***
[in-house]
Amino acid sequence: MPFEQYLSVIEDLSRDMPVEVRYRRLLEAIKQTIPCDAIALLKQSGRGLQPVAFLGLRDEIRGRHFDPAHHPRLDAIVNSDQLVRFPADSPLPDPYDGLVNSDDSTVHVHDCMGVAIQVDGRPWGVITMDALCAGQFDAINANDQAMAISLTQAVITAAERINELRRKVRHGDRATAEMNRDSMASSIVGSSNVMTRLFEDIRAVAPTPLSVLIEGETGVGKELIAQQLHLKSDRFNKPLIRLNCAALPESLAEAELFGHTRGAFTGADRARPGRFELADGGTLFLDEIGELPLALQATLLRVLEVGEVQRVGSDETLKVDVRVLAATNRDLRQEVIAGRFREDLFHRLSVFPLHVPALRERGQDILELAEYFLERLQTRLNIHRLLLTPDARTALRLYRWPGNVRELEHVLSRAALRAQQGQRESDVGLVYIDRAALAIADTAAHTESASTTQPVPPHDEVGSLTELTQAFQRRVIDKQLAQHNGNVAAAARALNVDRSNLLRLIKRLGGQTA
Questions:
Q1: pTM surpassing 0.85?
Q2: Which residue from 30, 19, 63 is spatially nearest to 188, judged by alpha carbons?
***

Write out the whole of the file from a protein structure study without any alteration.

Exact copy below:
[in-house]
Amino acid sequence: MPFEQYLSVIEDLSRDMPVEVRYRRLLEAIKQTIPCDAIALLKQSGRGLQPVAFLGLRDEIRGRHFDPAHHPRLDAIVNSDQLVRFPADSPLPDPYDGLVNSDDSTVHVHDCMGVAIQVDGRPWGVITMDALCAGQFDAINANDQAMAISLTQAVITAAERINELRRKVRHGDRATAEMNRDSMASSIVGSSNVMTRLFEDIRAVAPTPLSVLIEGETGVGKELIAQQLHLKSDRFNKPLIRLNCAALPESLAEAELFGHTRGAFTGADRARPGRFELADGGTLFLDEIGELPLALQATLLRVLEVGEVQRVGSDETLKVDVRVLAATNRDLRQEVIAGRFREDLFHRLSVFPLHVPALRERGQDILELAEYFLERLQTRLNIHRLLLTPDARTALRLYRWPGNVRELEHVLSRAALRAQQGQRESDVGLVYIDRAALAIADTAAHTESASTTQPVPPHDEVGSLTELTQAFQRRVIDKQLAQHNGNVAAAARALNVDRSNLLRLIKRLGGQTA
Questions:
Q1: pTM surpassing 0.85?
Q2: Which residue from 30, 19, 63 is spatially nearest to 188, judged by alpha carbons?